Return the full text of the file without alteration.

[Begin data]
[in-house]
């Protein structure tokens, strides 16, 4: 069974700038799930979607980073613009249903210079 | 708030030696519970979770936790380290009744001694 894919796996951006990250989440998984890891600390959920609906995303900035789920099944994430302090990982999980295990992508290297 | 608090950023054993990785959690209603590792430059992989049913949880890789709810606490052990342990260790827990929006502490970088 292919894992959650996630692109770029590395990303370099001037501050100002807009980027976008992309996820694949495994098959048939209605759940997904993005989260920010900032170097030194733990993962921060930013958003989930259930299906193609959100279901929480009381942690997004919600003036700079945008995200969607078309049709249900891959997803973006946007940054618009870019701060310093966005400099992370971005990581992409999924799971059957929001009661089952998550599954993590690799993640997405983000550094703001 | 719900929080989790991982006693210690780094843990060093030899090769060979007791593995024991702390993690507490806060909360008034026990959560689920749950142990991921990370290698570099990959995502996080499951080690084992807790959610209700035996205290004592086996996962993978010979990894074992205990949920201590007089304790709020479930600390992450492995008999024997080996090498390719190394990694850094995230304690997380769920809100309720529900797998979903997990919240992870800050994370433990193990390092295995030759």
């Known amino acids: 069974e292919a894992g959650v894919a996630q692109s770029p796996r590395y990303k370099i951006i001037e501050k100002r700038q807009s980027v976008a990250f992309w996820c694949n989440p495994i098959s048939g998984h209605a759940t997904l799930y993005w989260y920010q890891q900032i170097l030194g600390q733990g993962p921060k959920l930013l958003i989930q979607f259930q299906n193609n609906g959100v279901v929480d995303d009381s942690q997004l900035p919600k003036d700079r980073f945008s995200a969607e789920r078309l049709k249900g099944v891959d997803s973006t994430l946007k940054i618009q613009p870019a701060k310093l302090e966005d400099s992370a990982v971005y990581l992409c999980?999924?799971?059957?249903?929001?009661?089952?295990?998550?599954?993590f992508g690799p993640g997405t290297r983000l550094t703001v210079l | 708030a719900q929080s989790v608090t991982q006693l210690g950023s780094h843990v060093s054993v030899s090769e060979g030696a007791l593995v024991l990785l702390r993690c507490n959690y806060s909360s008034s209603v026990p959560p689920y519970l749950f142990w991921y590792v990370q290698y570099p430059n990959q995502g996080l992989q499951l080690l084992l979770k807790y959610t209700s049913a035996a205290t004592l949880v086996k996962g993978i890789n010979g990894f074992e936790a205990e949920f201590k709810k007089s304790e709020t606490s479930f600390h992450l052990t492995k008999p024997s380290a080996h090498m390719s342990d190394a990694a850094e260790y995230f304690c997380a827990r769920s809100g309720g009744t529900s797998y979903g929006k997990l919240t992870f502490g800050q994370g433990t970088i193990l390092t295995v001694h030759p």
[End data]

[in-house]
């Protein structure tokens, strides 16, 4: 069974700038799930979607980073613009249903210079 | 708030030696519970979770936790380290009744001694 894919796996951006990250989440998984890891600390959920609906995303900035789920099944994430302090990982999980295990992508290297 | 608090950023054993990785959690209603590792430059992989049913949880890789709810606490052990342990260790827990929006502490970088 292919894992959650996630692109770029590395990303370099001037501050100002807009980027976008992309996820694949495994098959048939209605759940997904993005989260920010900032170097030194733990993962921060930013958003989930259930299906193609959100279901929480009381942690997004919600003036700079945008995200969607078309049709249900891959997803973006946007940054618009870019701060310093966005400099992370971005990581992409999924799971059957929001009661089952998550599954993590690799993640997405983000550094703001 | 719900929080989790991982006693210690780094843990060093030899090769060979007791593995024991702390993690507490806060909360008034026990959560689920749950142990991921990370290698570099990959995502996080499951080690084992807790959610209700035996205290004592086996996962993978010979990894074992205990949920201590007089304790709020479930600390992450492995008999024997080996090498390719190394990694850094995230304690997380769920809100309720529900797998979903997990919240992870800050994370433990193990390092295995030759």
């Known amino acids: 069974e292919a894992g959650v894919a996630q692109s770029p796996r590395y990303k370099i951006i001037e501050k100002r700038q807009s980027v976008a990250f992309w996820c694949n989440p495994i098959s048939g998984h209605a759940t997904l799930y993005w989260y920010q890891q900032i170097l030194g600390q733990g993962p921060k959920l930013l958003i989930q979607f259930q299906n193609n609906g959100v279901v929480d995303d009381s942690q997004l900035p919600k003036d700079r980073f945008s995200a969607e789920r078309l049709k249900g099944v891959d997803s973006t994430l946007k940054i618009q613009p870019a701060k310093l302090e966005d400099s992370a990982v971005y990581l992409c999980?999924?799971?059957?249903?929001?009661?089952?295990?998550?599954?993590f992508g690799p993640g997405t290297r983000l550094t703001v210079l | 708030a719900q929080s989790v608090t991982q006693l210690g950023s780094h843990v060093s054993v030899s090769e060979g030696a007791l593995v024991l990785l702390r993690c507490n959690y806060s909360s008034s209603v026990p959560p689920y519970l749950f142990w991921y590792v990370q290698y570099p430059n990959q995502g996080l992989q499951l080690l084992l979770k807790y959610t209700s049913a035996a205290t004592l949880v086996k996962g993978i890789n010979g990894f074992e936790a205990e949920f201590k709810k007089s304790e709020t606490s479930f600390h992450l052990t492995k008999p024997s380290a080996h090498m390719s342990d190394a990694a850094e260790y995230f304690c997380a827990r769920s809100g309720g009744t529900s797998y979903g929006k997990l919240t992870f502490g800050q994370g433990t970088i193990l390092t295995v001694h030759p």